Principles, Tactics, and Negotiations with the Oppressor

By Balton, Neeshan | Yale Human Rights and Development Law Journal, Annual 2019 | Go to article overview

Principles, Tactics, and Negotiations with the Oppressor


Balton, Neeshan, Yale Human Rights and Development Law Journal


My approach to this topic is based primarily on the experience of fighting against apartheid in South Africa and in particular negotiations with the oppressor. The context is also one in which the engagement with the oppressor was about national liberation within South Africa. The goal of that liberation struggle was to overthrow white minority rule and to establish a democracy based on one person, one vote. Engaging the oppressor is something that activists did every day through acts of resistance.

In thinking about the oppressor, activists distinguished between goals, strategies, and tactics. The objective of achieving a united, democratic, nonracial South Africa was the broad goal of the liberation movement for decades. Its range of strategies included what it called the four pillars of struggle:

1. The international isolation of South Africa. This included the boycott and sanctions campaigns, which served to isolate South Africa and thereby reduced the apartheid government's legitimacy and support. This also required that the liberation movement itself gain the legitimacy of the people, movements, and governments of the world.

2. The armed struggle. This was embarked upon in 1961 after the liberation organisations, the African National Congress (ANC) and Pan Africanist Congress (PAC), were declared unlawful and could no longer operate legally in South Africa. The armed struggle initially consisted of acts of sabotage but, by 1985, calls were made to render the country ungovernable and armed attacks against government personnel and institutions increased immensely.

3. Building the undergirding structures of the ANC so that the organisation had a presence inside the country and could give leadership and direction to the day-to-day struggles that were being waged internally.

4. Mass mobilisation. This was the key area of emphasis from the mid 1980s. The mobilisation of the mass of the oppressed people into organisations in every area of life was critical for building the capacity for prolonged struggle against the apartheid system. This took the form of establishing or strengthening trade unions, civic, youth, and women's movements. Organisations amongst sports, arts, and cultural workers were established to ensure that these were areas of mobilisation against apartheid as well. Health, faith, and academia were other areas of mobilisation. In short, every area of struggle required mobilisation and organisation.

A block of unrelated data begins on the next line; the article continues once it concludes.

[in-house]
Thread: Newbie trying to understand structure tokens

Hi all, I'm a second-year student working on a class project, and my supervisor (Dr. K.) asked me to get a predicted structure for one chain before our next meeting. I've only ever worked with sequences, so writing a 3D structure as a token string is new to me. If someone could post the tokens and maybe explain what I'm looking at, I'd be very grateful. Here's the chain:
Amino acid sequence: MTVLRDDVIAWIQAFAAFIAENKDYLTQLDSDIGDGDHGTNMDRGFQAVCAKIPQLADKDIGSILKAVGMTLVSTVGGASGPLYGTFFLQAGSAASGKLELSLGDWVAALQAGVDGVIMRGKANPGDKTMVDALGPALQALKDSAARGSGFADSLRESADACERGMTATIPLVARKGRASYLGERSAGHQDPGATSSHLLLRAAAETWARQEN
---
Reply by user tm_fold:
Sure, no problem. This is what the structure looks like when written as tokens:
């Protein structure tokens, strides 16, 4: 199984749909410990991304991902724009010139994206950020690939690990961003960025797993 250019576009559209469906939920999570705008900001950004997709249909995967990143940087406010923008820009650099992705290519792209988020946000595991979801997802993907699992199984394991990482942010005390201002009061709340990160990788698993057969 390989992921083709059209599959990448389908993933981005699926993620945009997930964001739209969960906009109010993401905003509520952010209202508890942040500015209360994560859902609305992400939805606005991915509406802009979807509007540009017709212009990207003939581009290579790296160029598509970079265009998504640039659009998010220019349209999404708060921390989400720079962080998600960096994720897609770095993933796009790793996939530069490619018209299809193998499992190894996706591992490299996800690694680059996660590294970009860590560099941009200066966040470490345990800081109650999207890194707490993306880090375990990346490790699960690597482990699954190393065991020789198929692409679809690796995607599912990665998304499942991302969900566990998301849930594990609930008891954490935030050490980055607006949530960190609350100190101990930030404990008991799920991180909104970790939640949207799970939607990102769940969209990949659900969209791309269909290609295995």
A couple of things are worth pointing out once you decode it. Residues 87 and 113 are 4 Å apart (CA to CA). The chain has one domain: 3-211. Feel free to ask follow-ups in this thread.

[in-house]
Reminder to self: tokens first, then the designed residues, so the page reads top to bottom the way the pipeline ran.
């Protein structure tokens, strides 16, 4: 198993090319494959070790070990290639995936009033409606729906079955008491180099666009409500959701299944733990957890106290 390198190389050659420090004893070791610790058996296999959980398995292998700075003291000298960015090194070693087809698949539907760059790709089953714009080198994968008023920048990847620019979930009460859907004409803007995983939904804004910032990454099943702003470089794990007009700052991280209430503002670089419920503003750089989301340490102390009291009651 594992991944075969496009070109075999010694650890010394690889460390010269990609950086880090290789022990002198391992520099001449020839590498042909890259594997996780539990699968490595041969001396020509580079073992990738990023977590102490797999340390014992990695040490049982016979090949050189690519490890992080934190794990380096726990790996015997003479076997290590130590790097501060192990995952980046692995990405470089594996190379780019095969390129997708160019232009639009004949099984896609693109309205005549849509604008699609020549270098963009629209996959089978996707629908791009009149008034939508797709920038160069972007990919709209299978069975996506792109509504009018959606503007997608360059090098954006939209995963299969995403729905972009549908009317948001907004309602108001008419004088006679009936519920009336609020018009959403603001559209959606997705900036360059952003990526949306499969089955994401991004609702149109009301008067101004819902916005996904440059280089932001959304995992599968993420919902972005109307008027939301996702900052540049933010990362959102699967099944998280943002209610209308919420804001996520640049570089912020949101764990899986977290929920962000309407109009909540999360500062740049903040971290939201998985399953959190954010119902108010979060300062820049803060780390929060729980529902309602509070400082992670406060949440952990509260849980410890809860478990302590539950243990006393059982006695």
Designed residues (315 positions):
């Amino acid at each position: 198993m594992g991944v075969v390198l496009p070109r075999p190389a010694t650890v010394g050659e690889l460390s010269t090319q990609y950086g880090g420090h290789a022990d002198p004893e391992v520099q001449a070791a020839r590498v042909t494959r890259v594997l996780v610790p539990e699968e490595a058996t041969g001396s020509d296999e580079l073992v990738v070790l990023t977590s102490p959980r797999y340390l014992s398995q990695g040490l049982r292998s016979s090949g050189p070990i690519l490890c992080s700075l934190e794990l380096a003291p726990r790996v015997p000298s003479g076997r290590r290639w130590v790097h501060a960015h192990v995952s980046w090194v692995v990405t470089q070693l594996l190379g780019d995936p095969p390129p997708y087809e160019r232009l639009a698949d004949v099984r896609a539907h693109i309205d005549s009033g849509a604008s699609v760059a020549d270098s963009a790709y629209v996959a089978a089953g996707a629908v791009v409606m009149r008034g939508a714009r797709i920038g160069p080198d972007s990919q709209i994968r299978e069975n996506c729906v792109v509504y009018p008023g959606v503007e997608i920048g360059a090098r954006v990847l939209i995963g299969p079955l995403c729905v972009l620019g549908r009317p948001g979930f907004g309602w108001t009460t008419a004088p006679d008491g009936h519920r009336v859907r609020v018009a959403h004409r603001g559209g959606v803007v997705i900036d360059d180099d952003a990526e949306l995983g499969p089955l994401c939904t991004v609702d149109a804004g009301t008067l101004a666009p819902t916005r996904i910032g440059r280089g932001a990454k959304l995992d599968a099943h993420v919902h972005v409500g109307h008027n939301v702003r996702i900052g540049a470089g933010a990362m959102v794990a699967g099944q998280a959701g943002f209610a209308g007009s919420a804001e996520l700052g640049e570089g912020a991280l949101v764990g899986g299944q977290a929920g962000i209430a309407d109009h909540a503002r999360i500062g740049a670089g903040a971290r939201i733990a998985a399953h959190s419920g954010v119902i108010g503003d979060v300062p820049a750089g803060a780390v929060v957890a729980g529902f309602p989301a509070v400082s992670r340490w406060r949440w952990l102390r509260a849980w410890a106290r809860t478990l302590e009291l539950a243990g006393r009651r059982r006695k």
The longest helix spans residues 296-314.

In the South African struggle, and especially for the ANC and its allies, there was always a political purpose that guided all tactical choices, especially when the ANC opted to add the armed struggle to its basket of tactical choices. Walter Sisulu articulated this succinctly in an article written in prison when he wrote:

   There exists at all times a multiplicity of forms of struggle
   that a movement exploits as part of its arsenal of weapons. Any
   form of struggle, including the armed struggle, can only emerge to
   dominance over time and as a result of consistent effort.
   Nonetheless, even if a given form of struggle emerges as the
   dominant one, this does not mean that other forms do no co-exist.
   What it does mean in such a situation is that the other forms come
   to occupy a subsidiary place and are essentially reinforcing the
   dominant one. (1)

With much of this in place, the struggle in the 1980s rendered much of Black South Africa ungovernable, which resulted in the state having to deploy its troops into the townships to enforce its rule. The government of the day had in effect lost any semblance of legitimacy and control over large parts of South Africa and could only resort to repressive measures which in turn fueled global pressure against it. This ultimately saw the United States passing legislation that supported divestment from South Africa and the withdrawal of major US companies from the country. South Africa's isolation from the world in almost all areas of life that required global connections was almost complete. …

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